The FDA has granted a priority review for MM-398 as a second-line treatment for metastatic pancreatic cancer after the drug demonstrated improved survival.
The US Food and Drug Administration (FDA) has granted a priority review for MM-398 as a second-line treatment for metastatic pancreatic cancer after gemcitabine-based therapy. MM-398 is comprised of irinotecan encapsulated in liposomal particles with a long half-life. An approval decision is expected by October 24.
The application is based on the 417-patient NAPOLI-1 trial, an open-label, phase III study that showed that the addition of MM-398 to 5-fluorouracil (5-FU) and leucovorin significantly improved overall survival (OS), progression-free survival (PFS), and overall response rate (ORR) compared with the doublet therapy of 5-FU and leucovorin.
The median OS was 6.1 months in the triple-combination arm compared with 4.2 months with 5-FU and leucovorin alone (P = .012). The median PFS was 3.1 months for the triple combination vs 1.5 months with the control arm (P = .0001). The ORR was 16% in the triple-combination arm compared with 1% in the control arm (P < .001).
In the combination arm, MM-398 was administered intravenously at 80 mg/m2 before the administration of 5-FU at 2,400 mg/m2 and racemic leucovorin at 400 mg/m2 every 2 weeks.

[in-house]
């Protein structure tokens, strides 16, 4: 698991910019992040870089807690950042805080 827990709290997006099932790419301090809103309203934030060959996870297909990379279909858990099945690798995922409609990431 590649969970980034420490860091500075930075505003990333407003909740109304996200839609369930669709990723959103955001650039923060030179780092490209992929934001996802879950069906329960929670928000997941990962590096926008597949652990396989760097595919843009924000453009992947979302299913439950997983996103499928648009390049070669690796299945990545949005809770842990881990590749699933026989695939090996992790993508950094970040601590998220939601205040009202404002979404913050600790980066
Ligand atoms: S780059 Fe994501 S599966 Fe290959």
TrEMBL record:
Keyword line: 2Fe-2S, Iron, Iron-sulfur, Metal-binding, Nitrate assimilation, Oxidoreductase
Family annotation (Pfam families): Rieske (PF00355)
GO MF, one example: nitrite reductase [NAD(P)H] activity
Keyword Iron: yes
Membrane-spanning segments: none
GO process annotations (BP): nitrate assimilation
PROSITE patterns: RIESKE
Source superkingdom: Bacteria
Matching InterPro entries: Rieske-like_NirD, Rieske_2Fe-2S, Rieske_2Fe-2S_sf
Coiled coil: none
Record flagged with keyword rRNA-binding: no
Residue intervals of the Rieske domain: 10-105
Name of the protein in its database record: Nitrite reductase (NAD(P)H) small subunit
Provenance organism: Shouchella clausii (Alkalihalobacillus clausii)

The study also tested the efficacy of single-agent MM-398 but there was no statistically significant survival advantage compared with the control arm (median OS of 4.9 months vs 4.2 months, respectively; P = .5545).
The most common grade 3 or higher adverse events in the triple-combination arm were neutropenia (20%), fatigue (14%), diarrhea (13%), vomiting (11%), nausea (8%), asthenia (8%), and abdominal pain (7%). Thirty-nine percent of patients had dose reductions and 72% had dose delays due to adverse events. Thirteen percent of patients discontinued therapy compared with 10% in the control arm.
The European Medicines Agency (EMA) is also currently reviewing the MM-398 application based on these results.
The trial is the first to demonstrate a significant survival benefit in second-line pancreatic cancer treatment, according to the announcement by Merrimack Pharmaceuticals. There are currently no targeted agents or immunotherapies approved for the treatment of advanced pancreatic cancer.
Results from the NAPOLI-1 trial were originally presented at the European Society for Medical Oncology (ESMO) World Congress on Gastrointestinal Cancer in June 2014. There was also an updated analysis of the trial at the American Society of Clinical Oncology (ASCO) Gastrointestinal Cancers Symposium in January of this year.